- Other Participants:James Ke, YoungJong Park, Narae Yang
- Country:South Korea
Text description provided by the architects. Yanggu, located in the rugged northeastern countryside of South Korea, has a pristine natural landscape, ironically because its closeness to the front lines of the Korean War discourages urban development. It is regions like these that have been attracting the growing number of Koreans who seek reprieve from the pressures of urban life as their society matures into late capitalism. An architectural model befitting the dreams of those that do return to the countryside would not only mean building less floors, providing proximity to the earth for those escaping from urban high rises, but also architectural answers to more essential ways of life that have long been forgotten due to the industrialization and commercialization of the last century.
However, one must not mistake moving beyond the limitations of industrialization for regression to pre-industrial times. One may question the freedom afforded by the idea of the 'Living machine' and the 'Living unit', which has created a spatial framework of urban life where the value of the 'product' is calculated from the floor area, the number of rooms, functionality, and efficiency. Vila Calando still avoids weakness, smallness, and deferment in its treatment of nature, facing it instead with honesty. As an urban standard, it is 450sq meter, consisting of 8 rooms and 4 toilets, but it has only two flowing spaces, connected like a Möbius strip.
The dining room faces the east and becomes flooded with sunlight at morning; the gallery and leisure space provides a sense of depth and height that is greater than it seems from outside; a bathtub overlooks the backyard with the distant mountain in the foreground; and the bedroom extends into a roof garden that is bordered by the foliage of the surrounding forest. All the walls of Vila Calando are erected vertically, yet the design does not feature any right angles when viewed from above. Each wall is oriented the same way one would orient themselves to face different parts of the natural landscape, similar to the angles one may find in nature.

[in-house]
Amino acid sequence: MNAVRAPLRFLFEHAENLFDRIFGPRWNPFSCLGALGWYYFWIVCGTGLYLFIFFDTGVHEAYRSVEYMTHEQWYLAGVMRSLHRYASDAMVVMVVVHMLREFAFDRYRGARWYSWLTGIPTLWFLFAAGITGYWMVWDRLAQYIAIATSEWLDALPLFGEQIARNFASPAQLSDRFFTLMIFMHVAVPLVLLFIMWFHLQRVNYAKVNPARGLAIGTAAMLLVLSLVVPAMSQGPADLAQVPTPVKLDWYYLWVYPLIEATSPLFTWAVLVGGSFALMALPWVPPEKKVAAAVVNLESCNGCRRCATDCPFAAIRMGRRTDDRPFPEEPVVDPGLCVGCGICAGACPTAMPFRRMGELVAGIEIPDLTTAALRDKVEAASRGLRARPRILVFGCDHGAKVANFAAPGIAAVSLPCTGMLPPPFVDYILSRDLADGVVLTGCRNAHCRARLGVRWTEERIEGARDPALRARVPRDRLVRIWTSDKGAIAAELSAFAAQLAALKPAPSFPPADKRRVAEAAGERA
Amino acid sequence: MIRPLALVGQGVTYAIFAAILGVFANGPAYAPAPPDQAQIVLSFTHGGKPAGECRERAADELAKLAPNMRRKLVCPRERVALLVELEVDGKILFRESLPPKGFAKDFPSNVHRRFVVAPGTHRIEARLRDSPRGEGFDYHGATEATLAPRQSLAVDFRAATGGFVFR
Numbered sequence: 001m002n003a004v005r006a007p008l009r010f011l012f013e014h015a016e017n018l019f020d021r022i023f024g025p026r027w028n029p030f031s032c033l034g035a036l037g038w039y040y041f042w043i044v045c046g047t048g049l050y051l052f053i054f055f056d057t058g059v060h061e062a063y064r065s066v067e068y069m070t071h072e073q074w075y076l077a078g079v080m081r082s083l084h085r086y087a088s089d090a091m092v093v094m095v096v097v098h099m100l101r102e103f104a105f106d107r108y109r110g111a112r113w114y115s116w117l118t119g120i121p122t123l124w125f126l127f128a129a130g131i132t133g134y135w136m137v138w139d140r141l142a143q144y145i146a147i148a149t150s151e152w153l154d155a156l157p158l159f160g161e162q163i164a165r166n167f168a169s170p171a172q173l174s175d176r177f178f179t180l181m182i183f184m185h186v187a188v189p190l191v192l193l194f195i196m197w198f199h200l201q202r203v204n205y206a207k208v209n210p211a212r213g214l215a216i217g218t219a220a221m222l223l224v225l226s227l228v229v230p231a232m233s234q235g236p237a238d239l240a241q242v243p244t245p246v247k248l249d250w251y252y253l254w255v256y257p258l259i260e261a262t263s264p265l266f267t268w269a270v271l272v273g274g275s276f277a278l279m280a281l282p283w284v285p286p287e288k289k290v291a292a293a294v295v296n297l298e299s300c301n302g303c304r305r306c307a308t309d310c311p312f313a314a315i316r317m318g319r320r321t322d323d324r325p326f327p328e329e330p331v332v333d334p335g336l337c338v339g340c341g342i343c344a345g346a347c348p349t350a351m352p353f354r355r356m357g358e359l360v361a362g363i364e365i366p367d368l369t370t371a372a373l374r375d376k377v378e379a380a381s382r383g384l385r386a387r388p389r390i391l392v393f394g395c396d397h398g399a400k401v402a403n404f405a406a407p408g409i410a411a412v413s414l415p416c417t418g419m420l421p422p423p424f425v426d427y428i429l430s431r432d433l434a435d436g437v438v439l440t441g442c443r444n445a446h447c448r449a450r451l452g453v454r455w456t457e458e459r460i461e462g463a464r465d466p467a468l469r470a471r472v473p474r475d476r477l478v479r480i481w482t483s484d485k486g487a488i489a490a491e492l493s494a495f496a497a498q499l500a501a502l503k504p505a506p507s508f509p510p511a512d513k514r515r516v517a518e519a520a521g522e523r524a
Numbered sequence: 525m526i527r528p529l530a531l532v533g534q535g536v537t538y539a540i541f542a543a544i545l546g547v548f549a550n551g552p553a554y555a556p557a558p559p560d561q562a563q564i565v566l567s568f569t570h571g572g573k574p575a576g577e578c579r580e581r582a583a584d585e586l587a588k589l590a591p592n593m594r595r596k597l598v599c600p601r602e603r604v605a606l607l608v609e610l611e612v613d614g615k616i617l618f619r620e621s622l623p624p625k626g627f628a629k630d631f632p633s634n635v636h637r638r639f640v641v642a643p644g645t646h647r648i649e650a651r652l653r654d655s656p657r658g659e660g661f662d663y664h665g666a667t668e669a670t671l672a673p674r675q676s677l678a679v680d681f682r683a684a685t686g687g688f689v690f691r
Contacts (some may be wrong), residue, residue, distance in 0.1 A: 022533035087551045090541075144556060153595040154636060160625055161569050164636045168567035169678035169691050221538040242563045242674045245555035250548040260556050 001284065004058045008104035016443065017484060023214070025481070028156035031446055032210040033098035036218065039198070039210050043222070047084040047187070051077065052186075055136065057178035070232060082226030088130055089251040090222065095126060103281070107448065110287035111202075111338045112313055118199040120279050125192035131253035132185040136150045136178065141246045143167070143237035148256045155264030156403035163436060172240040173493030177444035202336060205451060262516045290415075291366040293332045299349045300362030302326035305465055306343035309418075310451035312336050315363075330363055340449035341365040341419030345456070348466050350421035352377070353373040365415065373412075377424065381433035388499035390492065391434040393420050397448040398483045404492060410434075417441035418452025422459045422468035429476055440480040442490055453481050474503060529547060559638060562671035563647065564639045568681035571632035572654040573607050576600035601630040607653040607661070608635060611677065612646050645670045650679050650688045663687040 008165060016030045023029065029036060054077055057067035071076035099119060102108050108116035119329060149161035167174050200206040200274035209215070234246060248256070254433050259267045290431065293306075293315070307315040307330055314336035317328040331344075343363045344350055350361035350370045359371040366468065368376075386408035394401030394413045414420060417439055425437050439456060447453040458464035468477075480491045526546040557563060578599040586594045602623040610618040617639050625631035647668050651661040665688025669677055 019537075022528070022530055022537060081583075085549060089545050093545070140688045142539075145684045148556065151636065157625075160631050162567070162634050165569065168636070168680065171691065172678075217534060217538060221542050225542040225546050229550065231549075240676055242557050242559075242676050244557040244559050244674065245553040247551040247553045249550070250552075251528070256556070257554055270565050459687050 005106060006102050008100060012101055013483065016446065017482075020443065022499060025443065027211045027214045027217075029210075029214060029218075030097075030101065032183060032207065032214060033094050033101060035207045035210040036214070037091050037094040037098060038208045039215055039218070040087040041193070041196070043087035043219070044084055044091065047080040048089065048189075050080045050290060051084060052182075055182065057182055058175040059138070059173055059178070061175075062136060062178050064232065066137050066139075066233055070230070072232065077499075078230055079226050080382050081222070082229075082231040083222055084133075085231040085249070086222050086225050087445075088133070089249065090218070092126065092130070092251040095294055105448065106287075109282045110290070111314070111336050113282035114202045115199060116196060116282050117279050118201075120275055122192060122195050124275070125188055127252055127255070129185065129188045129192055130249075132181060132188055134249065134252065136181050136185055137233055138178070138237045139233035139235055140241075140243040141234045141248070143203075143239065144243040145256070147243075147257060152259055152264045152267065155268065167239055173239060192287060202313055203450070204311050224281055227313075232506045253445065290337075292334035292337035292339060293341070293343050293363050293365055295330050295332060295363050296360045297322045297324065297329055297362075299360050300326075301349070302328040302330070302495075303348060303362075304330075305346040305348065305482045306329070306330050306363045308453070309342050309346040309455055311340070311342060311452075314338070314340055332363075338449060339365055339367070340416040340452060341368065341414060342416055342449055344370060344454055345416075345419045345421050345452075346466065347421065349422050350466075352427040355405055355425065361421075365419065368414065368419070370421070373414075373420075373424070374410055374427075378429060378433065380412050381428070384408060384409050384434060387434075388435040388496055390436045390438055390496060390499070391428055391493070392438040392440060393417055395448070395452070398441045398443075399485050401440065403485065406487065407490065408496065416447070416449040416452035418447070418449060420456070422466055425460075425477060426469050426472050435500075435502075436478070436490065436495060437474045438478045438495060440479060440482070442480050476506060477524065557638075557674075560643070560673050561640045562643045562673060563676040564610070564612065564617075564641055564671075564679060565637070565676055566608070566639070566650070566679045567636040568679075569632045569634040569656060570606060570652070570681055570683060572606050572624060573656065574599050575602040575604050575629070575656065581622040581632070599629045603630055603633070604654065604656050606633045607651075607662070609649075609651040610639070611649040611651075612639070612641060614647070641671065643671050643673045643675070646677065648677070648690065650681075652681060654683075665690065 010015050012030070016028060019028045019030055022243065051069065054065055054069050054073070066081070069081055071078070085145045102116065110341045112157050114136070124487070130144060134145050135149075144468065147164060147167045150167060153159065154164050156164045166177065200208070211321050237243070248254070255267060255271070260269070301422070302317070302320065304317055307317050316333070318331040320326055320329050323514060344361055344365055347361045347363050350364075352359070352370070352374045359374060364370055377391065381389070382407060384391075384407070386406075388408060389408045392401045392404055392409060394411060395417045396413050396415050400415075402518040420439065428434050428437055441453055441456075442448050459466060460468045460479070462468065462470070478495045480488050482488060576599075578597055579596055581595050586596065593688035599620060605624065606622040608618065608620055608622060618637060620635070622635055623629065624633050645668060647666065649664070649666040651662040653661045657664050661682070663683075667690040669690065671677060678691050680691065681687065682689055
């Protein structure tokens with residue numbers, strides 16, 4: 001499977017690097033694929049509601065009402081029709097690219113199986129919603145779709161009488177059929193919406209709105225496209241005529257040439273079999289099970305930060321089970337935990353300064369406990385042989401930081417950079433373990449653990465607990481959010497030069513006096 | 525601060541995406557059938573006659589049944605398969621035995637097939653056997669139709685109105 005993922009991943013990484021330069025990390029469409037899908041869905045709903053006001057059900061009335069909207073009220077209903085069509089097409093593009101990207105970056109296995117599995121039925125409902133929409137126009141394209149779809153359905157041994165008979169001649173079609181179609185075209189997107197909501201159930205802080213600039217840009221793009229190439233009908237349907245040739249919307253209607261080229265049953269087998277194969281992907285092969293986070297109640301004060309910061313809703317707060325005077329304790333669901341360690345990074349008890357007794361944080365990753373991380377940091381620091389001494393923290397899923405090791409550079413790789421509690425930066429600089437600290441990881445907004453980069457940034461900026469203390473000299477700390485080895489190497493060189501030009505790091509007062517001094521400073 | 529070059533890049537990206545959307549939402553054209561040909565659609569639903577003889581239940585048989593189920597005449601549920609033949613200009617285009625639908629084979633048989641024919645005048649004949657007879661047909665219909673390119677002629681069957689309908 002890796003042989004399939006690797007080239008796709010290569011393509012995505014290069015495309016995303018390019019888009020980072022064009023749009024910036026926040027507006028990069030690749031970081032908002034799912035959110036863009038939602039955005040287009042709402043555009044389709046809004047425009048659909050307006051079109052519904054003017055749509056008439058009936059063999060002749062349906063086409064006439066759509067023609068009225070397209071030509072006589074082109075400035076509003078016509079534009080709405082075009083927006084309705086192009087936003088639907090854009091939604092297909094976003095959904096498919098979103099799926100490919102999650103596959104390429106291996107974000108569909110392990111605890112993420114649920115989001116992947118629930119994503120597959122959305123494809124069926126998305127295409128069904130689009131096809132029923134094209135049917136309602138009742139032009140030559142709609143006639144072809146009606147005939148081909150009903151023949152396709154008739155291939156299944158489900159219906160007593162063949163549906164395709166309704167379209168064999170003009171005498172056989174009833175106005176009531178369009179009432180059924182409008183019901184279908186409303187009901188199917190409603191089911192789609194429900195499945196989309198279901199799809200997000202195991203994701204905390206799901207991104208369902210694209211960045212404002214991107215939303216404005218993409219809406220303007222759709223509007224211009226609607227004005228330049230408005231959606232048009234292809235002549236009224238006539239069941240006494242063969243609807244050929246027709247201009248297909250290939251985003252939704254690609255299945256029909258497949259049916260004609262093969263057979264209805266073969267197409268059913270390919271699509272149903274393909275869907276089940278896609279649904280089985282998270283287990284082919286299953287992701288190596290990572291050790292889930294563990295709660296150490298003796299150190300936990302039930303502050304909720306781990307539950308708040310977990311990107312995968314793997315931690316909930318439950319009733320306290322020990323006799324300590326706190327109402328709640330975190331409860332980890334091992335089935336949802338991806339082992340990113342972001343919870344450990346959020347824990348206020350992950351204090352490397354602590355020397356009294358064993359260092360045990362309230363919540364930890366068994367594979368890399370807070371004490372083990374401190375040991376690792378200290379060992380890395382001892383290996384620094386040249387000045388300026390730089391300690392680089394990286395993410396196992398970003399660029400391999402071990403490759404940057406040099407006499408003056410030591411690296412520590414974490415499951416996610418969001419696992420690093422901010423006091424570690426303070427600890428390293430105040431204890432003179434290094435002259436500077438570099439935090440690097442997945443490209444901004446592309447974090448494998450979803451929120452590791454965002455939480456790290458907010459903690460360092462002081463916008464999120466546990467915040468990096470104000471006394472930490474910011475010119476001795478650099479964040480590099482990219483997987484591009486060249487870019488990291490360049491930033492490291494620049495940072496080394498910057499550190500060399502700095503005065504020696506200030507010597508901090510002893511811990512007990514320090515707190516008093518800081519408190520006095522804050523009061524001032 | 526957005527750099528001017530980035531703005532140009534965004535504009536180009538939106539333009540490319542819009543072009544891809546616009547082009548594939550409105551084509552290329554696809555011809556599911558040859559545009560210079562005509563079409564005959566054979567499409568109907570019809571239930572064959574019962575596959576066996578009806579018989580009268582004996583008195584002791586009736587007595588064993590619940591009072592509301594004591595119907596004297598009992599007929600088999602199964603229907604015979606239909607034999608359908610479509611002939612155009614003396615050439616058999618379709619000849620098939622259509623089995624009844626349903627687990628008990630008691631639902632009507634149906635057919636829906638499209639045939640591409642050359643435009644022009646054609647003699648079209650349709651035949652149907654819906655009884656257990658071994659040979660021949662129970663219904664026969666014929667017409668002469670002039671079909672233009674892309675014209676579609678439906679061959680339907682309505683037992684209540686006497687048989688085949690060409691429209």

Vila Calando was designed not to satisfy the functions of a family home, but rather to provide an interface between people and nature that is rarely found in cities, through which one may find a sense of freedom and reprieve. I believe such an interface allows people to feel more at ease with the landscape by bridging the difference between the scale of nature and the scale of the human body- in a sense, by allowing the individual to connect to the environment in a space that transcends scale and measurement. Vila Calando consists of concrete slabs of two different heights that cross each other at slanted angles.
The roof of the lower space provides a platform as if it were the deck of a ship, digging into the high space, floating inward and looking out at the sky. The building divides the site in two, where the front side of the house overlooks the lake, and the back embraces the mountains. A brook flows from the mountain, by the side of the building, and into the lake. Architecture is no longer a machine and unit, but a human extension to nature. This truth must shape the search for alternatives to the urban grid, informing our attempts to harness the human desire for freedom and connection with our environment.